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Alcoholism

What is Alcoholism

For many people, the facts about alcoholism are not clear. What is alcoholism, exactly? How does it differ from alcohol abuse? For most people, alcohol is a pleasant accompaniment to social activities. Moderate alcohol use, up to two drinks per day for men and one drink per day for women and older people (A standard drink is one 12-ounce bottle of beer or wine cooler, one 5-ounce glass of wine, or 1.5 ounces of 80-proof distilled spirits) is not harmful for most adults. Nonetheless, a substantial number of people have serious trouble with their drinking. Currently, nearly 14 million Americans, 1 in every 13 adults, abuse alcohol or are alcoholic. Several million more adults engage in risky drinking patterns that could lead to alcohol problems. In addition, approximately 53 percent of men and women in the United States report that one or more of their close relatives have a drinking problem. The consequences of alcohol misuse are serious--in many cases, life-threatening. Heavy drinking can increase the risk for certain cancers, especially those of the liver, esophagus, throat, and larynx (voice box). It can also cause liver cirrhosis, immune system problems, brain damage, and harm to the fetus during pregnancy. In addition, drinking increases the risk of death from automobile crashes, recreational accidents, and on-the-job accidents and also increases the likelihood of homicide and suicide.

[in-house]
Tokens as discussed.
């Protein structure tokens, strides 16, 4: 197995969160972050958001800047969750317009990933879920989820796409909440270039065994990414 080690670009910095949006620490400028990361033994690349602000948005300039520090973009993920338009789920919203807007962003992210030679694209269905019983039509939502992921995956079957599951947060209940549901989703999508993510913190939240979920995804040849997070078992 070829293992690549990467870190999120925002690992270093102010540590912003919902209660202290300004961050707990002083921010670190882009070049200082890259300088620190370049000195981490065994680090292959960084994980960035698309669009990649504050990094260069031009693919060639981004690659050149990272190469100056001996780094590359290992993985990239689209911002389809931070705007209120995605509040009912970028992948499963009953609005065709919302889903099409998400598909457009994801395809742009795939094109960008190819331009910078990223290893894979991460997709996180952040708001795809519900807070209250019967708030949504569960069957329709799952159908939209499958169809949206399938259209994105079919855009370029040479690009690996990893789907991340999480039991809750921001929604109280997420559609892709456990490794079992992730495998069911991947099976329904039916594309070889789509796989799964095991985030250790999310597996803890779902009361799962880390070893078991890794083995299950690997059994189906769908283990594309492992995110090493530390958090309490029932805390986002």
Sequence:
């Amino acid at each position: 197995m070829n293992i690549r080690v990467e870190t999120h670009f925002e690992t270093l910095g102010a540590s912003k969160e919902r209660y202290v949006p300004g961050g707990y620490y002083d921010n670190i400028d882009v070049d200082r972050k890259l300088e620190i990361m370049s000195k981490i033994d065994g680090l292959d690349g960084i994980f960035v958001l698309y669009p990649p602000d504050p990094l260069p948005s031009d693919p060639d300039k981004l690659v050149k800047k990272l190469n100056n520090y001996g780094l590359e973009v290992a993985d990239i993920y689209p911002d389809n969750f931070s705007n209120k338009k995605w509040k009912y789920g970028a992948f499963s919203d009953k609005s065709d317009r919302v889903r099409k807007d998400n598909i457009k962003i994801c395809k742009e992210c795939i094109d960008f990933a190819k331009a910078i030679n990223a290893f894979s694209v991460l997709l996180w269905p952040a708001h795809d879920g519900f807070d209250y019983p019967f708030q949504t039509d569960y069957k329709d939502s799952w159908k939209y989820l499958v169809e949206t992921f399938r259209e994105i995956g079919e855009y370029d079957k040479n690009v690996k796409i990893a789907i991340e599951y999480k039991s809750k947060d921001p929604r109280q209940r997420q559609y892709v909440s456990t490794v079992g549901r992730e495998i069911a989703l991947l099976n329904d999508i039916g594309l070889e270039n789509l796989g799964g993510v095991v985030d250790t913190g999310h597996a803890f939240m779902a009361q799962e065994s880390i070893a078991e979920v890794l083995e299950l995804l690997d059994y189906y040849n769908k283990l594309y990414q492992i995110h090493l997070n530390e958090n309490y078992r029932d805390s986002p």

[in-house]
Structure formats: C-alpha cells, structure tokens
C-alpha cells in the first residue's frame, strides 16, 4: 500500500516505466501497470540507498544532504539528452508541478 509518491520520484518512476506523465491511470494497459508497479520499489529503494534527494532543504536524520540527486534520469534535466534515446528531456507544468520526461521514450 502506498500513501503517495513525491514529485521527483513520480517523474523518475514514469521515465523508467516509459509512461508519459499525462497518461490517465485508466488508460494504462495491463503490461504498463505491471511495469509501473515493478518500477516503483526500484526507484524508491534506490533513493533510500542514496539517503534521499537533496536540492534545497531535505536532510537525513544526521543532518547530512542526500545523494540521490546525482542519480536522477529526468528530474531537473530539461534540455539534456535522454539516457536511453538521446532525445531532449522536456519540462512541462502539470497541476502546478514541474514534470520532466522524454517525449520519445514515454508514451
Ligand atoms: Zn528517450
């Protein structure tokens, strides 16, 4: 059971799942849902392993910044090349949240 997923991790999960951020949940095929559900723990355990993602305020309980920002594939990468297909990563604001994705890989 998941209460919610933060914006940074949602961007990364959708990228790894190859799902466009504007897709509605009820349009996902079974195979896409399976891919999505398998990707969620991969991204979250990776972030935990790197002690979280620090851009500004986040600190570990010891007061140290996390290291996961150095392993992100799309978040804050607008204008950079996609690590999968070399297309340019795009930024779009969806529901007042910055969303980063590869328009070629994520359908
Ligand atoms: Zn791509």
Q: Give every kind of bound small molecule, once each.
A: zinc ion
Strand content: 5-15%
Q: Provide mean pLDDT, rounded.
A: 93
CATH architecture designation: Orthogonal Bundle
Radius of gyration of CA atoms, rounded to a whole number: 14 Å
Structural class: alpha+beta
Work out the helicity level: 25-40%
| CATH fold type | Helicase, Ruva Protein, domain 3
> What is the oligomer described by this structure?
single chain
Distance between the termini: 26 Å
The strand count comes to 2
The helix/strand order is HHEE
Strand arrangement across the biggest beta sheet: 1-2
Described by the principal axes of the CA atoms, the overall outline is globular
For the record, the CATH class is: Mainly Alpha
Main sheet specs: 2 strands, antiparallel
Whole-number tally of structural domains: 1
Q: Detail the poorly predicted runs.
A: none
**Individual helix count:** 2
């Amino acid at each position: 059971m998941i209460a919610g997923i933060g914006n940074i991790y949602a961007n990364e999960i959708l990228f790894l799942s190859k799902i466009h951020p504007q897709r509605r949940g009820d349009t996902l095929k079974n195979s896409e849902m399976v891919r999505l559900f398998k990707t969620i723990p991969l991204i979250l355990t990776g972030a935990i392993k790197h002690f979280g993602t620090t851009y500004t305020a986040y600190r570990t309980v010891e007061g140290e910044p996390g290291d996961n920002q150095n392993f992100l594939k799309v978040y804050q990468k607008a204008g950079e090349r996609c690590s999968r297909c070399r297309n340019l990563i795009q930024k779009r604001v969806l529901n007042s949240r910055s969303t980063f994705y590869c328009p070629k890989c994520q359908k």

Alcoholism, which is also known as alcohol dependence syndrome, is a condition that is characterized by the following elements: A strong need, or compulsion, to drink. Loss of control: The frequent inability to stop drinking once a person has begun. The occurrence of withdrawal symptoms, such as nausea, sweating, shakiness, and anxiety, when alcohol use is stopped after a period of heavy drinking comes from a physical dependence. These symptoms are usually relieved by drinking alcohol or by taking another sedative drug.

Alcoholism has little to do with what kind of alcohol one drinks, how long one has been drinking, or even exactly how much alcohol one consumes. But it has a great deal to do with a person's uncontrollable need for alcohol. While some people are able to recover without help, the majority of alcoholic individuals need outside assistance to recover from their disease. With support and treatment, many individuals are able to stop drinking and rebuild their lives. It is important to recognize that aspects of a person's environment, such as peer influences and the availability of alcohol, also are significant influences. Both inherited and environmental influences are called risk factors. But risk is not destiny.

Whatever the case, people asking themselves what is alcoholism can find the answer by taking a close look at themselves or someone they care about, and see if they notice signs of being unable to stop when alcohol has caused considerable damage to the person’s life.

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